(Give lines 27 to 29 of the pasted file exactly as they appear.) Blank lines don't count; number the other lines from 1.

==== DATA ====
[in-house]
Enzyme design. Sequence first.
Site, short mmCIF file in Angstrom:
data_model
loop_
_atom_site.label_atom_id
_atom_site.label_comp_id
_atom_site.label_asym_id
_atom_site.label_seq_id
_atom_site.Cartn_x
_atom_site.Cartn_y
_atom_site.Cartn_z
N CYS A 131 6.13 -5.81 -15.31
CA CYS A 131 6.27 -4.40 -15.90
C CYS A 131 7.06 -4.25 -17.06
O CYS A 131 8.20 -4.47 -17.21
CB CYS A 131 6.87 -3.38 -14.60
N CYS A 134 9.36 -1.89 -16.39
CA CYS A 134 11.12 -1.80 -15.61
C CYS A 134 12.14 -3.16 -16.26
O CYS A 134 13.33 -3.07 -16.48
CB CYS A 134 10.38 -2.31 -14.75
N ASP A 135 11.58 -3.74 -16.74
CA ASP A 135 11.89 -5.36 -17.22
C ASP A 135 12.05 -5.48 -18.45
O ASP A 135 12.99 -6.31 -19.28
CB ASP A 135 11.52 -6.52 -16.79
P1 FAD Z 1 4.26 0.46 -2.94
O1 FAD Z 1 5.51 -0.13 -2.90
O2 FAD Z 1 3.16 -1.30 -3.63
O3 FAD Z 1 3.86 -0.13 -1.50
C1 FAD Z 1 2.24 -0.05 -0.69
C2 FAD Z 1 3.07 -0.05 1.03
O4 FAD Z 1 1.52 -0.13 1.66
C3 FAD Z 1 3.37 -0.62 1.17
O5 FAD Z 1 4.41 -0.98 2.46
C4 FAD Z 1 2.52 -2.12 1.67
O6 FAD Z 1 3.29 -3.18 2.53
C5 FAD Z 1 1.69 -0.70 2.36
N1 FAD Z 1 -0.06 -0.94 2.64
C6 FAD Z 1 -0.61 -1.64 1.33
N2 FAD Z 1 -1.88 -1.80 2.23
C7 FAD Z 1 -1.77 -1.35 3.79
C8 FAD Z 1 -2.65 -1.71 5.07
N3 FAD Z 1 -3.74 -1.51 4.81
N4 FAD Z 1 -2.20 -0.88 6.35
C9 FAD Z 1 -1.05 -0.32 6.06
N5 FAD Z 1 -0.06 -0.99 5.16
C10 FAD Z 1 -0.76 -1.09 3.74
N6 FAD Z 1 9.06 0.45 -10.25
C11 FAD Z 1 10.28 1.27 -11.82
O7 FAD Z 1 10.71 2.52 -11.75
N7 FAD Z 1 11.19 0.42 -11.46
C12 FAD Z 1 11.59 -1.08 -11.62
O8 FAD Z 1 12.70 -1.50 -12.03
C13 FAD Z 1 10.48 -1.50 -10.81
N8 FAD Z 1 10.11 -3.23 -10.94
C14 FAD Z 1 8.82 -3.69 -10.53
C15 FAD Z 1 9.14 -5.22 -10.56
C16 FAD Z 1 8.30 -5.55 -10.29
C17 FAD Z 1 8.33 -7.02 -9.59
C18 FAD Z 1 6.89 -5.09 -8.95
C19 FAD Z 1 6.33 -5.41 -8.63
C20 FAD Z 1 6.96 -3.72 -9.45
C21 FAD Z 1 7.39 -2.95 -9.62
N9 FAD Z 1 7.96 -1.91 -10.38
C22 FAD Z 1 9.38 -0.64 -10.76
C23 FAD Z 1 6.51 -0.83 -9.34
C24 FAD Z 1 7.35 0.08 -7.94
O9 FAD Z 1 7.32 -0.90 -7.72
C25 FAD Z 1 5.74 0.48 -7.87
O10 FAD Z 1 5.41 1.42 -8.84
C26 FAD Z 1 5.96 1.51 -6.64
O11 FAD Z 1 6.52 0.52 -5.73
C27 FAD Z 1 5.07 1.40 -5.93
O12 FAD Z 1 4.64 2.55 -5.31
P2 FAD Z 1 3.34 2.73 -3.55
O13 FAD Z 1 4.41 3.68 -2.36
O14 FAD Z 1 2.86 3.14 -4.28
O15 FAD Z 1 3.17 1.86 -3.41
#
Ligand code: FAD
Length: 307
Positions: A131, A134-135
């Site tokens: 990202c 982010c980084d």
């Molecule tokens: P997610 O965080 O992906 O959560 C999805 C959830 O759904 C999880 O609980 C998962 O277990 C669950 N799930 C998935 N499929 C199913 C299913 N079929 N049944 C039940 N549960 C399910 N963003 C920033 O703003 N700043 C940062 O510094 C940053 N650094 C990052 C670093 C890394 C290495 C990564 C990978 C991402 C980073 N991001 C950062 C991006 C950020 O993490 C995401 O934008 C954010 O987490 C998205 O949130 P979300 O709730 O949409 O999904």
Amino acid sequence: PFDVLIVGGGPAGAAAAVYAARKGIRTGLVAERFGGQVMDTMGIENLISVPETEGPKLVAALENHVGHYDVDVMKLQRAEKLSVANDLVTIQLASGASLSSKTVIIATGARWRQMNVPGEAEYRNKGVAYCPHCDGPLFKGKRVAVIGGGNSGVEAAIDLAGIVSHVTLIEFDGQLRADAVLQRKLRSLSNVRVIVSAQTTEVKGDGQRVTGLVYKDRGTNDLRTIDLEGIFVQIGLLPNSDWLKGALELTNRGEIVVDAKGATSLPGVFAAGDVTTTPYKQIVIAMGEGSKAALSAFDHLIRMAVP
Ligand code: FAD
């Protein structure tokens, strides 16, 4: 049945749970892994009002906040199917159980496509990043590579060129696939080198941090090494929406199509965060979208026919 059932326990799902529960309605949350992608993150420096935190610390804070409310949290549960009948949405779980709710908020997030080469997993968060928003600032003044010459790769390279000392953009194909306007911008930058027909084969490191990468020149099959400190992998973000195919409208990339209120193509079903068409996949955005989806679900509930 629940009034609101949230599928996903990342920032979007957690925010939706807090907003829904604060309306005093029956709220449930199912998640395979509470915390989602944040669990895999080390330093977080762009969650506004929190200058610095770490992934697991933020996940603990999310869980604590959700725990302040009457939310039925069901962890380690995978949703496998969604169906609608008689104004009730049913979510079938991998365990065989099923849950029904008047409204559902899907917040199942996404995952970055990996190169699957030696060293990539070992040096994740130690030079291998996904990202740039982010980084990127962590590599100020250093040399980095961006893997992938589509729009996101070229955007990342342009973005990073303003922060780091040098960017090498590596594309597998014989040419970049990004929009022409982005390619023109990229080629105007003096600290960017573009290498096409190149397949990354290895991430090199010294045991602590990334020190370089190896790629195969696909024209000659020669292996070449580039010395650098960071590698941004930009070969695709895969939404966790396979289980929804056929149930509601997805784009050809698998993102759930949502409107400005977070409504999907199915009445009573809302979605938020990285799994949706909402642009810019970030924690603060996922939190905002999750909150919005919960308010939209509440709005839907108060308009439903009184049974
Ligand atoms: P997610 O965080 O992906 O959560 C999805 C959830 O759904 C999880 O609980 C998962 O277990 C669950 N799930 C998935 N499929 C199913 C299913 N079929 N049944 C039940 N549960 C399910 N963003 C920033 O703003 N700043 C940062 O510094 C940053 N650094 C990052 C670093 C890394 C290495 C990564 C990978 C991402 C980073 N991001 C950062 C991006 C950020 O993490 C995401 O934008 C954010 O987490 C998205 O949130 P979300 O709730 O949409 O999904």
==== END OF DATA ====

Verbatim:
CB ASP A 135 11.52 -6.52 -16.79
P1 FAD Z 1 4.26 0.46 -2.94
O1 FAD Z 1 5.51 -0.13 -2.90